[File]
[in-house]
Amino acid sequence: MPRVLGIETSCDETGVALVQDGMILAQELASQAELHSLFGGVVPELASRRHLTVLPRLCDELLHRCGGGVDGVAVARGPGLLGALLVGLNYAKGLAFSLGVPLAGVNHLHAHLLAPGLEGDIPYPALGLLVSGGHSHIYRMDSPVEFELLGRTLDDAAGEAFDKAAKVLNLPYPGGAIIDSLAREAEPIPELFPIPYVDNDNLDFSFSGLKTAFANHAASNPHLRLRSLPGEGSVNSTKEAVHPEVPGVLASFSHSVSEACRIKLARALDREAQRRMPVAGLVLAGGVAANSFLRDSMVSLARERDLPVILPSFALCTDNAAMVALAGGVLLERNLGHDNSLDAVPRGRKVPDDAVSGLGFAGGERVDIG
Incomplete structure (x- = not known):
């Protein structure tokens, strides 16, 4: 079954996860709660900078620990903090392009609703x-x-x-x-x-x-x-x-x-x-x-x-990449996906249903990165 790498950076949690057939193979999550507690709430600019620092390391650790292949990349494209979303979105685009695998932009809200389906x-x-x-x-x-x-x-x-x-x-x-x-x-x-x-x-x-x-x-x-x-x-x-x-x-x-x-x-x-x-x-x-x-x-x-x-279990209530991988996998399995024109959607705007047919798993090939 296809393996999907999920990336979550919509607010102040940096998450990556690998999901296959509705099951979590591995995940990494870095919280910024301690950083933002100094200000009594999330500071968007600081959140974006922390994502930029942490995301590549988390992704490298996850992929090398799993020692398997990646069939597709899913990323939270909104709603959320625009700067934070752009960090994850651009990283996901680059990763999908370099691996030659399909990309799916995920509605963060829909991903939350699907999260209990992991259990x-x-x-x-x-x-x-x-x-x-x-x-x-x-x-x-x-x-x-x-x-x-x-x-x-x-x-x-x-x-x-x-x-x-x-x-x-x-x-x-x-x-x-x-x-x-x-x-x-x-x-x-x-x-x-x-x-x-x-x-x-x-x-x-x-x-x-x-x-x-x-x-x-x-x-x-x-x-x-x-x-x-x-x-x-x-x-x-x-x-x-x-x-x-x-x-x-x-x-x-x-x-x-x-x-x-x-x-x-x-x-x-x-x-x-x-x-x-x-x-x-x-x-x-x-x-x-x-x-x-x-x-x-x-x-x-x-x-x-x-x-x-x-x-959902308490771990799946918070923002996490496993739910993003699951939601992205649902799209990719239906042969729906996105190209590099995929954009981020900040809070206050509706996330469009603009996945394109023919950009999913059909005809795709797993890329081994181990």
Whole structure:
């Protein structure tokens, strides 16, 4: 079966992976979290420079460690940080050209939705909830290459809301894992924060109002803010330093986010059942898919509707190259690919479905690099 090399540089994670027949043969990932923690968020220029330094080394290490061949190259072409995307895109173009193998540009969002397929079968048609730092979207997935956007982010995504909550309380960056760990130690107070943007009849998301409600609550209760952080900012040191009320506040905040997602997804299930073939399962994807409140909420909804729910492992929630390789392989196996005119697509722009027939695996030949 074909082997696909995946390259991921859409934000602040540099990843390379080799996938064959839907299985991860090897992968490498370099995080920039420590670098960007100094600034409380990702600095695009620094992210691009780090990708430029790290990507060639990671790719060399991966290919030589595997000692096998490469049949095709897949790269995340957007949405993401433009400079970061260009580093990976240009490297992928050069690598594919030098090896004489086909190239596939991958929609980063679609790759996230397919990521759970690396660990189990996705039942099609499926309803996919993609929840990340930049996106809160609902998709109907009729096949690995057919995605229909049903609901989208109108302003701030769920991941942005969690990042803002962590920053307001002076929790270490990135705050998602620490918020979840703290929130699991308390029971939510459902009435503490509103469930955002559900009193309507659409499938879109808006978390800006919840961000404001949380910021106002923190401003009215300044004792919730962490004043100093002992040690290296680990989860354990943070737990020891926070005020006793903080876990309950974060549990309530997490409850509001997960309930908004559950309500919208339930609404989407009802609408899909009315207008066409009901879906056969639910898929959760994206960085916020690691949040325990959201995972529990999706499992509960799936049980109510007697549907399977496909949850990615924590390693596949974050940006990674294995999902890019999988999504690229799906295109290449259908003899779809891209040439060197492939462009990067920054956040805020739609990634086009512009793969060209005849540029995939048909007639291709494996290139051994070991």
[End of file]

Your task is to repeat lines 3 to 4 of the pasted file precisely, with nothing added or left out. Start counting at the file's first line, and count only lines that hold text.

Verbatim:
Incomplete structure (x- = not known):
């Protein structure tokens, strides 16, 4: 079954996860709660900078620990903090392009609703x-x-x-x-x-x-x-x-x-x-x-x-990449996906249903990165 790498950076949690057939193979999550507690709430600019620092390391650790292949990349494209979303979105685009695998932009809200389906x-x-x-x-x-x-x-x-x-x-x-x-x-x-x-x-x-x-x-x-x-x-x-x-x-x-x-x-x-x-x-x-x-x-x-x-279990209530991988996998399995024109959607705007047919798993090939 296809393996999907999920990336979550919509607010102040940096998450990556690998999901296959509705099951979590591995995940990494870095919280910024301690950083933002100094200000009594999330500071968007600081959140974006922390994502930029942490995301590549988390992704490298996850992929090398799993020692398997990646069939597709899913990323939270909104709603959320625009700067934070752009960090994850651009990283996901680059990763999908370099691996030659399909990309799916995920509605963060829909991903939350699907999260209990992991259990x-x-x-x-x-x-x-x-x-x-x-x-x-x-x-x-x-x-x-x-x-x-x-x-x-x-x-x-x-x-x-x-x-x-x-x-x-x-x-x-x-x-x-x-x-x-x-x-x-x-x-x-x-x-x-x-x-x-x-x-x-x-x-x-x-x-x-x-x-x-x-x-x-x-x-x-x-x-x-x-x-x-x-x-x-x-x-x-x-x-x-x-x-x-x-x-x-x-x-x-x-x-x-x-x-x-x-x-x-x-x-x-x-x-x-x-x-x-x-x-x-x-x-x-x-x-x-x-x-x-x-x-x-x-x-x-x-x-x-x-x-x-x-x-959902308490771990799946918070923002996490496993739910993003699951939601992205649902799209990719239906042969729906996105190209590099995929954009981020900040809070206050509706996330469009603009996945394109023919950009999913059909005809795709797993890329081994181990």